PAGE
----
Dog Rose Dirt by Jen Williams

Dog Rose Dirt by Jen Williams

Heather has come back to her childhood home following the death of her mother, Colleen, who committed suicide and left a very ambiguous note. Heather had left home at sixteen and had had little contact with her mother since then. While searching for clues about her mother’s past, she finds a bundle of letters from a convicted serial killer.

In the news, a serial killer is again at large and his methods are remarkably similar, but how is this possible? Heather takes the letters to the police and gets permission to visit Michael Reave in prison. What gradually comes to light is a horrific story involving child abuse, grooming and weird goings-on at a hippy commune in Lancashire.  

Dog Rose Dirt is well written and very disturbing, but the plot does not quite work for me. Some of the characters, especially DI Ben Parker, were not developed enough; they just seemed to be there to move the plot along. There were so many references to fairy tales, wolves, feathers and dead birds thrown in that it all became a bit confusing and cliched. Heather was quite difficult to empathise with, especially as she made some seriously stupid, reckless decisions. Just when I thought I had figured out what was going on, the ending completely took me by surprise.

I read a lot of mystery thrillers, but Dog Rose Dirt veered slightly too far into the horror genre for my liking. I had to stop reading it before I went to sleep as I found the atmosphere very creepy.

Thanks to Crooked Lane Books and NetGalley for a digital copy to review.

And Now You're Back by Jill Mansell

And Now You re Back by Jill Mansell

Set in fictional Elliscombe in the Cotswolds, And Now You’re Back tells the story of Didi and Shay who were in a relationship until Shay just upped and left without saying goodbye. Thirteen years have passed and Didi is now the manager of a boutique hotel, and engaged to Aaron. Shay has come back because his father, Red, is dying and wants to spend his last days in the old family home. They were both happily getting on with their lives, but find the spark is still there between them no matter how much they try to ignore it.

The focus is not solely on the relationship between Didi and Shay. And Now You’re Back features a cast of colourful, well-rounded characters with believable backstories that add depth to the narrative. We can guess the outcome, but it’s fun reading how it comes about.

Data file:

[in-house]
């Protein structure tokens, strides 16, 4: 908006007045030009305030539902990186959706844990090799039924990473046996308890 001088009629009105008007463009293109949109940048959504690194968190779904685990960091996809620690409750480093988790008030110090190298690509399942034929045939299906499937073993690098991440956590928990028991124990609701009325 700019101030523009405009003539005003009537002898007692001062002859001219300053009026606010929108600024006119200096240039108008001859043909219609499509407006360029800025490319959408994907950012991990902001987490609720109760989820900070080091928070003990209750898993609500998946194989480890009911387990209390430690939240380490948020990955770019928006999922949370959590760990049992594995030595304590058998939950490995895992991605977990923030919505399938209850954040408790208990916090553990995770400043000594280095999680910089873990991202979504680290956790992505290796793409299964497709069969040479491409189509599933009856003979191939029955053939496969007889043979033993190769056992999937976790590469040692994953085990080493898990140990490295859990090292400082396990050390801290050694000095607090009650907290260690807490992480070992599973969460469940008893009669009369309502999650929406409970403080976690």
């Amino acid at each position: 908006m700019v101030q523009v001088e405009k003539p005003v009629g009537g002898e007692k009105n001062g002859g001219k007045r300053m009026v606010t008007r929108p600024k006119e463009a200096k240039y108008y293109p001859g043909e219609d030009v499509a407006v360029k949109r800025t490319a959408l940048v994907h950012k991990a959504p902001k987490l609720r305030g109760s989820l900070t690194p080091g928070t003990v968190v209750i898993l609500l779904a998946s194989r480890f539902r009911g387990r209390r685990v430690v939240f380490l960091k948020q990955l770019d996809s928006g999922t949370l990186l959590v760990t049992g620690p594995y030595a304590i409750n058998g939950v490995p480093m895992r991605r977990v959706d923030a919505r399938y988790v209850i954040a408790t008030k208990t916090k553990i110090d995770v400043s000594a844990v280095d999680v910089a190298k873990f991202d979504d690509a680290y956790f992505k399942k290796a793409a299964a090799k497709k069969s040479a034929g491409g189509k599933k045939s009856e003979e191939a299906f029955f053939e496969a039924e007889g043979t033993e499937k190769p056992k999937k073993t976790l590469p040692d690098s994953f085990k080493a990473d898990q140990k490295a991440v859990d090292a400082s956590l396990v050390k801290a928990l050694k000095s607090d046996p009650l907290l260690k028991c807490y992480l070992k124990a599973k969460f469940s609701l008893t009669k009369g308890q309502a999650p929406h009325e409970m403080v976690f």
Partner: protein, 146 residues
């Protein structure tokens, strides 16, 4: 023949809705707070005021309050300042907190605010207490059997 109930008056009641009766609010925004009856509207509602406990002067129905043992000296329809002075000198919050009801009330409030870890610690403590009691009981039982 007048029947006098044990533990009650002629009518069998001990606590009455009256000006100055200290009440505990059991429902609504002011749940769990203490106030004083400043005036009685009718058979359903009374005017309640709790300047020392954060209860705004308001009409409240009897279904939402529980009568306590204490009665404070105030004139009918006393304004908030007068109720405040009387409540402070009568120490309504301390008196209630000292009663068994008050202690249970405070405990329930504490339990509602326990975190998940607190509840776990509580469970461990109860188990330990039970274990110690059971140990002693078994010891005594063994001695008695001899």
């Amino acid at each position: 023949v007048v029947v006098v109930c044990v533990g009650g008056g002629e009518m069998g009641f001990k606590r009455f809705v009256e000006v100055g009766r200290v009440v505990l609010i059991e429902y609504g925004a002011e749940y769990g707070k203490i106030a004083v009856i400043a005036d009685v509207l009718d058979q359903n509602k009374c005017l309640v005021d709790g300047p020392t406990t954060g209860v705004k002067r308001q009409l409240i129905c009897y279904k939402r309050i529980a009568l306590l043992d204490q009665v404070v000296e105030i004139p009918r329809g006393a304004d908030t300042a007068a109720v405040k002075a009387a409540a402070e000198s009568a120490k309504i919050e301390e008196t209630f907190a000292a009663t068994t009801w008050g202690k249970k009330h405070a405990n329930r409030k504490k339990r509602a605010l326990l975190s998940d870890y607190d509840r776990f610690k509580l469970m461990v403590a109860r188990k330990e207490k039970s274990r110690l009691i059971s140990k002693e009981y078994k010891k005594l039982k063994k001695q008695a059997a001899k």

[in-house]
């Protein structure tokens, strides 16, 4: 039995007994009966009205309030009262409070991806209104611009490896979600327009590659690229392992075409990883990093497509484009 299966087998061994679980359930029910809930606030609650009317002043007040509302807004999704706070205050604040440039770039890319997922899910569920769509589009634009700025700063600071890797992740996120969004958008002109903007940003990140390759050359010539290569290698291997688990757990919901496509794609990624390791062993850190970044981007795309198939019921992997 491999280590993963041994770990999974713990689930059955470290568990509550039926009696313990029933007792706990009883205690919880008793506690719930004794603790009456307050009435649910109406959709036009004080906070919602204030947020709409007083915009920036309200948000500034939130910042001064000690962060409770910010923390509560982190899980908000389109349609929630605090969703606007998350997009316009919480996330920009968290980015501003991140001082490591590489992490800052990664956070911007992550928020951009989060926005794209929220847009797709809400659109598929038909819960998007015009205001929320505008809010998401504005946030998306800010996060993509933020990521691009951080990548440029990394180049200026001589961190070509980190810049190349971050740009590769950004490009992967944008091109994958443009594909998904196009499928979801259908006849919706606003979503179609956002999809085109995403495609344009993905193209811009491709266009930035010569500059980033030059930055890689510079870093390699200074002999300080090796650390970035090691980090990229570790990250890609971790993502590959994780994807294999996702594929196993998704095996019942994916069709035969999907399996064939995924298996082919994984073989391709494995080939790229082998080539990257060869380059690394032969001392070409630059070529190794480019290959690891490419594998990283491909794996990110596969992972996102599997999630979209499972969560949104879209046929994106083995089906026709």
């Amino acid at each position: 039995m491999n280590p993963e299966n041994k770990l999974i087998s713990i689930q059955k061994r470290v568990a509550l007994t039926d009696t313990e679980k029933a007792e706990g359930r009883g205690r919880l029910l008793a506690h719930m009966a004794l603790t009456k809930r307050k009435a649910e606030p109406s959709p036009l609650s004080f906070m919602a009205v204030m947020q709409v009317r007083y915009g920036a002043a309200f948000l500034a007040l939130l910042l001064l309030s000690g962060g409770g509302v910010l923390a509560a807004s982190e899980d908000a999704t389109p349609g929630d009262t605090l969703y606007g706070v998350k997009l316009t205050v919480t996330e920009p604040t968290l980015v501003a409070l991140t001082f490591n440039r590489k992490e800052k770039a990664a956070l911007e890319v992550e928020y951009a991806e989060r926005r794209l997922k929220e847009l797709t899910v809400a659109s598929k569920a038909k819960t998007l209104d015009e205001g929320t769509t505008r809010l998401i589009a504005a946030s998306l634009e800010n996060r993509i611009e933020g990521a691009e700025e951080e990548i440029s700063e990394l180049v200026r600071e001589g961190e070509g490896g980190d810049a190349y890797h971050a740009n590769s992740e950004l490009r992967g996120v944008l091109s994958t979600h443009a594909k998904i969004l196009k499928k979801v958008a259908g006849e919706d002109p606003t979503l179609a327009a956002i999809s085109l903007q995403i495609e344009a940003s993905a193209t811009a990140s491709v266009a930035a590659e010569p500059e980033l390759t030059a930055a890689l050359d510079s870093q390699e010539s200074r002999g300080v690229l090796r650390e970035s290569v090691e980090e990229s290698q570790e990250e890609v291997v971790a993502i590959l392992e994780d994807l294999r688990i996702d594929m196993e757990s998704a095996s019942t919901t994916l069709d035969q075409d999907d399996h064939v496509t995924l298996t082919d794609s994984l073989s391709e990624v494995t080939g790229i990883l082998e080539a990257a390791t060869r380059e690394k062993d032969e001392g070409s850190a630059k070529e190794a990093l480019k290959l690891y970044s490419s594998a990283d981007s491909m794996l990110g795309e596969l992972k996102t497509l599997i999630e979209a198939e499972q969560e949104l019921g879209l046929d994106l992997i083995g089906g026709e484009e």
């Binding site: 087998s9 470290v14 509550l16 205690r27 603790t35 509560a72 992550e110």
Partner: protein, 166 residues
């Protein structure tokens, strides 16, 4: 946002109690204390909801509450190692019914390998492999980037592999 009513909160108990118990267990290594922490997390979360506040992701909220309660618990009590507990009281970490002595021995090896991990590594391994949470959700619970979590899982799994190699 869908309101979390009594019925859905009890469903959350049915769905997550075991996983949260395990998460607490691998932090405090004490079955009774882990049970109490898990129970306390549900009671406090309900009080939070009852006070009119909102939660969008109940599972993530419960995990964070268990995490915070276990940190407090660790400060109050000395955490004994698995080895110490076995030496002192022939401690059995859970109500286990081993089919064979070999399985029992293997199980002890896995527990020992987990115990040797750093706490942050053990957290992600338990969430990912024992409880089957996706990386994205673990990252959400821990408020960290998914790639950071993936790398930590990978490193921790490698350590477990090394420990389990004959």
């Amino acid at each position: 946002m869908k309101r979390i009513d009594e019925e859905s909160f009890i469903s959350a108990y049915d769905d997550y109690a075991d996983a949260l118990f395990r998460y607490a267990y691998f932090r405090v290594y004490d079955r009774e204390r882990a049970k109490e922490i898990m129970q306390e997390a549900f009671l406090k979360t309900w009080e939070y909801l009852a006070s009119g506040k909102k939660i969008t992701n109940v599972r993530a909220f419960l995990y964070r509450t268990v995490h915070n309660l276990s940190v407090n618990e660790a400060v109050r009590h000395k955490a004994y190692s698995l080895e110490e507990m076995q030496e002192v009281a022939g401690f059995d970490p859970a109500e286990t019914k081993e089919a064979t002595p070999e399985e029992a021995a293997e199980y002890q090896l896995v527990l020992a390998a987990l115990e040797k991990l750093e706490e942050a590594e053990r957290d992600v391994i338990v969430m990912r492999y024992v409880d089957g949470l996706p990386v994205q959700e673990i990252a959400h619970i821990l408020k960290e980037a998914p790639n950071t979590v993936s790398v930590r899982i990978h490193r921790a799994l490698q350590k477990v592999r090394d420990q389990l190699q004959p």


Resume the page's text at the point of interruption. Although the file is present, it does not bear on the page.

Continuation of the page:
Every year, in January, a new Jill Mansell novel arrives, and we readers can look forward to spending many enjoyable hours losing ourselves in the world she has created.  I have read all of her books and they rarely disappoint. In And Now You’re Back there are secrets to uncover and misunderstandings to sort out, but it is at heart about the possibility of second chances.

 

The Secret Bridesmaid by Katy Birchall

The Secret Bridesmaid by Katy Birchall

Sophie Breeze makes her living as a professional bridesmaid. Posing as a friend or relative of the bride, she is employed to take the stress out of organising the wedding, but no one else can know who she really is. When hired to assist at Lady Cordelia Swann’s wedding, Sophie has no idea what she has let herself in for. Determined not to quit in the face of Cordelia’s appalling behaviour, Sophie’s patience and professional skills are pushed to the limit. Will she stay the course, or give up her chance to further her career?

Laugh-out-loud funny in places, cringeworthy in others, The Secret Bridesmaid is a wonderful celebration of female friendship. The romance is understated, and not the main focus of the story. Sophie and Cordelia start off at loggerheads, but slowly begin to change their opinion of each other.

The outrageous demands of some of the brides are very funny – my favourite is the Star Wars character – and the emails between the chapters only go to emphasize their ridiculous behaviour. The cast of supporting characters are well written and believable, even the horrible ones. The plot, though predictable in places, but in a good way, would make an excellent movie.

I really enjoyed The Secret Bridesmaid, found it both amusing and thought provoking, and would not hesitate to recommend it. Thanks to Bookends and Hodder for an uncorrected proof in exchange for an honest review.

What Will Burn by James Oswald